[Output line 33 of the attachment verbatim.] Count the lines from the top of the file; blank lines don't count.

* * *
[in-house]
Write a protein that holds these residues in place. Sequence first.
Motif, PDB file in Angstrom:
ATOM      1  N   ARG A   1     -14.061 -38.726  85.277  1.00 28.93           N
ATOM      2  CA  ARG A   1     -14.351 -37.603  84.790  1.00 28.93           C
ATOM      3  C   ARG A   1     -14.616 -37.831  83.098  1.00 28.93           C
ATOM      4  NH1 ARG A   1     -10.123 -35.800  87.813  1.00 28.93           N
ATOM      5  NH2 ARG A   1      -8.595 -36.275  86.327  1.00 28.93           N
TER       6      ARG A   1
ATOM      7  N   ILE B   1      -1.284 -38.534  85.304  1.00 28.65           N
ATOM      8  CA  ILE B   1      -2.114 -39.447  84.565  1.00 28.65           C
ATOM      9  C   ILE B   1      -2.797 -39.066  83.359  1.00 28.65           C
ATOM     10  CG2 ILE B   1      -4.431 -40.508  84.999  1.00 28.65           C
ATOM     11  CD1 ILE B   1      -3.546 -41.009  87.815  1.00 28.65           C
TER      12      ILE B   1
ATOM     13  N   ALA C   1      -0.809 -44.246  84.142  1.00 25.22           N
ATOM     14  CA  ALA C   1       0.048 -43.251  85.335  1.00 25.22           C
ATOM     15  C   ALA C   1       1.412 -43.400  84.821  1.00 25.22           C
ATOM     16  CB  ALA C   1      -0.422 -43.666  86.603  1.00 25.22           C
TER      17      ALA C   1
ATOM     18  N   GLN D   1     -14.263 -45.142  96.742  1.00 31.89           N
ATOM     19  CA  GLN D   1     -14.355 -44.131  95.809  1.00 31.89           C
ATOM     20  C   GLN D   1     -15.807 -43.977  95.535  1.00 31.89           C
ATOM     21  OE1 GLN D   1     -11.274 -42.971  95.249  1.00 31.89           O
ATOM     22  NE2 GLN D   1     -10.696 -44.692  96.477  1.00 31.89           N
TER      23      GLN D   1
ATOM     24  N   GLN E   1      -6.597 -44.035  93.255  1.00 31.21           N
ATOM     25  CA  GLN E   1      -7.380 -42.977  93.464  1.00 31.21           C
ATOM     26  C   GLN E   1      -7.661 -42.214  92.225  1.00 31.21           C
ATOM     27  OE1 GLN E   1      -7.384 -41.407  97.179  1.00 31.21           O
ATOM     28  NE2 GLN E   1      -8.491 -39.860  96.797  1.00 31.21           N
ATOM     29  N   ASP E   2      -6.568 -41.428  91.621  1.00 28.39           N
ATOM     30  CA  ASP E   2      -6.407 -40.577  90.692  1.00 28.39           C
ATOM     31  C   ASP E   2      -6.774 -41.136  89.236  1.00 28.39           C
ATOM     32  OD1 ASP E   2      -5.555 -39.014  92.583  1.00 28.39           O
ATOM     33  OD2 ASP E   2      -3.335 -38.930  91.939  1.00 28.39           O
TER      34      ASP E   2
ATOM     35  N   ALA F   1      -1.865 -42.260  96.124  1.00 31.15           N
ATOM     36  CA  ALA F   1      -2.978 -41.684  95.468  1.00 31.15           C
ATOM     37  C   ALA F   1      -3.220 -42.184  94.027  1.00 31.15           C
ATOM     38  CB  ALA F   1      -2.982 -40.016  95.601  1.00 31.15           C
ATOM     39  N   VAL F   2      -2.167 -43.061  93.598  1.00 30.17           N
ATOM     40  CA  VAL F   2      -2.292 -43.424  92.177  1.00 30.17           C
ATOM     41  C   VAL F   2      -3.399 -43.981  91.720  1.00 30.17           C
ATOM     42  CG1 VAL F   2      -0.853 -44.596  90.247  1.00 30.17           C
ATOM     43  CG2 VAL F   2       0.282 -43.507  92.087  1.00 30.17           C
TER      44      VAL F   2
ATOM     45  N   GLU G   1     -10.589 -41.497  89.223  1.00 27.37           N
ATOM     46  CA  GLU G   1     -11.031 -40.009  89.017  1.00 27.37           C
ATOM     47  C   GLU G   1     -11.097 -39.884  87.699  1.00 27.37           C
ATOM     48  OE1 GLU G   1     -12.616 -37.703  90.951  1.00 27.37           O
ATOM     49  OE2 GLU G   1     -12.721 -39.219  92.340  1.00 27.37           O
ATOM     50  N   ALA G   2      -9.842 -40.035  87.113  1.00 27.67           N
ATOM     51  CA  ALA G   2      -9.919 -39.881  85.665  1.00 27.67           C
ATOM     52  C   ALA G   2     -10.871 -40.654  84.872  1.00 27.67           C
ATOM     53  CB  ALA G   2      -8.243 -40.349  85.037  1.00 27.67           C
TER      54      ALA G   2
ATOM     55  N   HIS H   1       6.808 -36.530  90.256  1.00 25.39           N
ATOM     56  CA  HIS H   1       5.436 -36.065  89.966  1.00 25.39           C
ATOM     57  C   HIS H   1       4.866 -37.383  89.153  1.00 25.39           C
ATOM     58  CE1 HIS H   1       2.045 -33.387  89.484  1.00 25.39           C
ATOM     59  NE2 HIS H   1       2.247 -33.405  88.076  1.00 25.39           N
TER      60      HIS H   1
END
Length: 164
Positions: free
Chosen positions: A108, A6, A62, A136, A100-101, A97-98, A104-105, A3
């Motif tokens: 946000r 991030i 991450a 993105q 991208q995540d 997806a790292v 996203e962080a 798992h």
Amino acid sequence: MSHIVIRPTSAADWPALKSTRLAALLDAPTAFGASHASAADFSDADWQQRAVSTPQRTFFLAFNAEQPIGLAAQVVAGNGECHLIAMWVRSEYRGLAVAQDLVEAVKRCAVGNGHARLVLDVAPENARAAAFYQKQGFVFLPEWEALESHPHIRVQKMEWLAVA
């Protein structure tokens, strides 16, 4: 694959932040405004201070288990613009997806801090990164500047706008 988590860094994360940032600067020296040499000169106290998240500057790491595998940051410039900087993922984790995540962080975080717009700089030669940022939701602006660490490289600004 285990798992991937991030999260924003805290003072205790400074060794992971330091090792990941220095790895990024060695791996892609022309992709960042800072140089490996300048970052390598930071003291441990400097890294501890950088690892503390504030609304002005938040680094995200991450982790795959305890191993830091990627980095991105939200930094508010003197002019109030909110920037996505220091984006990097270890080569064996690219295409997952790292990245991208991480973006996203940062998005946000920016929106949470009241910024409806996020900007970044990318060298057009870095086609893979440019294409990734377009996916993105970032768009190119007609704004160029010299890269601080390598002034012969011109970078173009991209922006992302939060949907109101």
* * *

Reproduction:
ATOM     30  CA  ASP E   2      -6.407 -40.577  90.692  1.00 28.39           C